PHOENIX — Kris Bryant won’t admit that it has anything to do with his recent power outage.
But the sprain he suffered at the crease in his left hand between the pinkie and ring fingers persists as a painful, daily issue he treats and plays through — and might play through the rest of the season.
For a team that just lost its hottest hitter, Willson Contreras, to a hamstring injury, a compromised Bryant could prove even more costly to the Cubs for the slack the reigning MVP was expected to help pick up in Contreras’ absence — fair or not.
“It’s only fair if he’s really feeling 100 percent,” manager Joe Maddon said before the Cubs lost to the Diamondbacks 6-2 to lose sole possession of first place in the National League Central.
“Otherwise, I’ll take what he’s got. I’ll absolutely take what he’s got,” Maddon said. “Even if you’re not getting everything he’s capable of, it’s still probably a lot more than the average guy gives.”
Maddon’s point was underscored the first two games of this weekend’s series at Chase Field, where Bryant reached base in 9 of 10 trips to the plate. He has six hits, two walks and took a pitch off his elbow.
The streak ended when he flied out to end the seventh inning.
Bryant’s persistence has not prevented the Cubs from losing seven of their last 10 games. Meanwhile, the Cardinals have won eight straight to forge a virtual tie for first.
Maddon said he sees Bryant rediscovering his “niche” at the plate. But it has been a painful, sometimes tedious process, and so far has seemed to cost some of the natural power that resulted in 39 home runs last year.
“It’s brutal,” said Bryant, who suffered the injury when his hand caught third baseman Johan Camargo’s cleat as he slid head-first into third July 19 in Atlanta.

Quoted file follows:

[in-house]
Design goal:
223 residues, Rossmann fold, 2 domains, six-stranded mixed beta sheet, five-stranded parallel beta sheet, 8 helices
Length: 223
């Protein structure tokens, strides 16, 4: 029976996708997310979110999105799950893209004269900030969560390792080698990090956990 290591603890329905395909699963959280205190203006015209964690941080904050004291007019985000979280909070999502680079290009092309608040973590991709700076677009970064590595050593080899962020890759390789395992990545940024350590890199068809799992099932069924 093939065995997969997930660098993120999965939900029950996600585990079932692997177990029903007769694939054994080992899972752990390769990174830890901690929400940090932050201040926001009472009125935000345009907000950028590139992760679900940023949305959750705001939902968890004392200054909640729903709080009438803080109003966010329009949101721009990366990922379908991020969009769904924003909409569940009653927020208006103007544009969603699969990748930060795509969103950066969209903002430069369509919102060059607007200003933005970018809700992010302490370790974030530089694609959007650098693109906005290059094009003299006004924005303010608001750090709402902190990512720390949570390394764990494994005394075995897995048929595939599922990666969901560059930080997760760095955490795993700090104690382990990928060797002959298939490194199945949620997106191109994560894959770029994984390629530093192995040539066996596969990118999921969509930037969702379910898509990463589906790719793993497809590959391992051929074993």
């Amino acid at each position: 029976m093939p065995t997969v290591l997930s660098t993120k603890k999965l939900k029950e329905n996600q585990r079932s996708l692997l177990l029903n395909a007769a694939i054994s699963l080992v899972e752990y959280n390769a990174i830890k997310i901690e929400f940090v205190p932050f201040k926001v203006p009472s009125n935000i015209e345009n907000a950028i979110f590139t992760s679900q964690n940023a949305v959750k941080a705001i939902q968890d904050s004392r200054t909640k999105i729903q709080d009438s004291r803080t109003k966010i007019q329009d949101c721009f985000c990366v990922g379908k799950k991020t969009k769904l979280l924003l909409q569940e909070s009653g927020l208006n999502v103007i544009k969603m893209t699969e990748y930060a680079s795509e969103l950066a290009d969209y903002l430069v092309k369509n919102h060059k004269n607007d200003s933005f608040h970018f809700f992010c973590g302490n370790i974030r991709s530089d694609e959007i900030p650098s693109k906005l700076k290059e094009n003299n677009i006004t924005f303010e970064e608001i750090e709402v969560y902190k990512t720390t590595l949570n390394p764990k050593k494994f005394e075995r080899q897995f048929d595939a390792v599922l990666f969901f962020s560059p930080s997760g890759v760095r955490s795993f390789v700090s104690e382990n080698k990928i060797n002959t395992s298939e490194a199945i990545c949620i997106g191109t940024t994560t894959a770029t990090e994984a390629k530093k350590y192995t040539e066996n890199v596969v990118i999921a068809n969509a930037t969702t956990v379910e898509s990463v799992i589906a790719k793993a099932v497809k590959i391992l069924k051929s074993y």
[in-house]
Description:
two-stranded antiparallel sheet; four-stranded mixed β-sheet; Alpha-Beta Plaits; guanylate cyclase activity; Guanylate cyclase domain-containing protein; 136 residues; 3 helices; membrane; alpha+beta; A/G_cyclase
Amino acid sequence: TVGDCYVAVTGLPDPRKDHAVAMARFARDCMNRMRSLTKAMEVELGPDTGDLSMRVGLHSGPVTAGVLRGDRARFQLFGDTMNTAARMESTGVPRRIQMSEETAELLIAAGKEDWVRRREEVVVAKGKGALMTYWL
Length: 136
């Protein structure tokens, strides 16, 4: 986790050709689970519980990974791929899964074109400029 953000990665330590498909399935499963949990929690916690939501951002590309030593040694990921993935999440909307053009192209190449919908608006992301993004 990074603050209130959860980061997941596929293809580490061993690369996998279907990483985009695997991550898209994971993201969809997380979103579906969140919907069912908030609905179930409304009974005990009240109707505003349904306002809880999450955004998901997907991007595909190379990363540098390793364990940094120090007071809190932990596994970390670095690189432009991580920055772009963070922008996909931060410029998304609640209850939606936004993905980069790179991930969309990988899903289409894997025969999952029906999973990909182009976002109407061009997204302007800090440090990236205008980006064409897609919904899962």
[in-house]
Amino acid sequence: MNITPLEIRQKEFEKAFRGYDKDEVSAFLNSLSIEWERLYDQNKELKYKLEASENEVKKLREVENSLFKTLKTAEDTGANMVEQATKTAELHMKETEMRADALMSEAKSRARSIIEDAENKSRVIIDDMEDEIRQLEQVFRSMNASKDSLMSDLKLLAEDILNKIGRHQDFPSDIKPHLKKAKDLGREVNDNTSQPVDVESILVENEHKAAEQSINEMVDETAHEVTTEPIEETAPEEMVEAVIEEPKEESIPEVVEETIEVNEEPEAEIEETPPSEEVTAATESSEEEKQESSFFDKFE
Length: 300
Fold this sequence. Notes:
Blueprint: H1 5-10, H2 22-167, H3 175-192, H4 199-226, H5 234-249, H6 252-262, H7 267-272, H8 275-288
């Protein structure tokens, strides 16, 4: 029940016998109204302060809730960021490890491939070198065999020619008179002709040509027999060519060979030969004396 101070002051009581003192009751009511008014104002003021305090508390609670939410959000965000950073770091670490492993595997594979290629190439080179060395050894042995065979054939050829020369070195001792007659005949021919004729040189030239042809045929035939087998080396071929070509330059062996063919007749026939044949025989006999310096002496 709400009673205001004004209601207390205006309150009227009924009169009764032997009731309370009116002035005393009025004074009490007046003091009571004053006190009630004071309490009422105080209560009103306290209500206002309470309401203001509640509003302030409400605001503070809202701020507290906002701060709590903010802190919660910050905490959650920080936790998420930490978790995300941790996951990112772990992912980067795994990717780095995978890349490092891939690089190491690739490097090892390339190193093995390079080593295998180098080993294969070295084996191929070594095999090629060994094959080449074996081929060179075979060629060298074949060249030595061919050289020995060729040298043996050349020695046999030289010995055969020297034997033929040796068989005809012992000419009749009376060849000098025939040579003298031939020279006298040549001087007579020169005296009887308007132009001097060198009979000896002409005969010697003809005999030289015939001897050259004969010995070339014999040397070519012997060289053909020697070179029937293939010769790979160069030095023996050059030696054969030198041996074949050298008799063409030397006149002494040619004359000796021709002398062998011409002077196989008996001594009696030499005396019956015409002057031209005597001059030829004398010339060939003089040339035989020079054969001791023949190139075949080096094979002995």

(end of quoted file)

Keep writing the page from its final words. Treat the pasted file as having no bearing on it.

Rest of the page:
“Every day it swells up,” he said. “It’s actually kind of annoying to have to go into the training room every day and just do all this work just to feel good. But sometimes you’ve got to go through that.”
Bryant, who sat out the next game after the injury, hasn’t missed another game since.
“I feel fine [at the plate],” he said after reaching all five trips to the plate Friday. “I’d like to get the ball in the air a little more but it’s tough to complain with a day like that.”
Whether his inability to drive the ball in the air more often the last three weeks is because of the pain and swelling in his bottom hand on the bat, he’s not saying. But even the off day Thursday didn’t do much to alleviate it, suggesting it could persist as long as he plays through it.
Meanwhile, Bryant has found a way to do more with less power. When he legged out a double in the third inning, it was only his seventh six extra-base hit since the injury — only one of those a homer.
“Obviously, it has some impact. There’s no question about that,” said Maddon, who talked to Bryant before Friday’s opener in Phoenix to offer a day off if he needs it. “But I don’t know exactly how well or how bad he feels on a game-by-game basis. But even when he’s not 100 percent, he still contributes to winning.”
Despite the power drop, Bryant is 27-for-78 (.346) with six walks and a .398 on-base percentage since the injury and has been sharp at third base. That included a 5-3 double play to get Jon Lester out of a jam in the first inning of a game that remained scoreless until the sixth.
“There’s no excuses,” Bryant said. “You deal with stuff like this all the time — the sores, the aches, the pains. This year just happens to be my hand. But I wouldn’t use that as an excuse for anything.”
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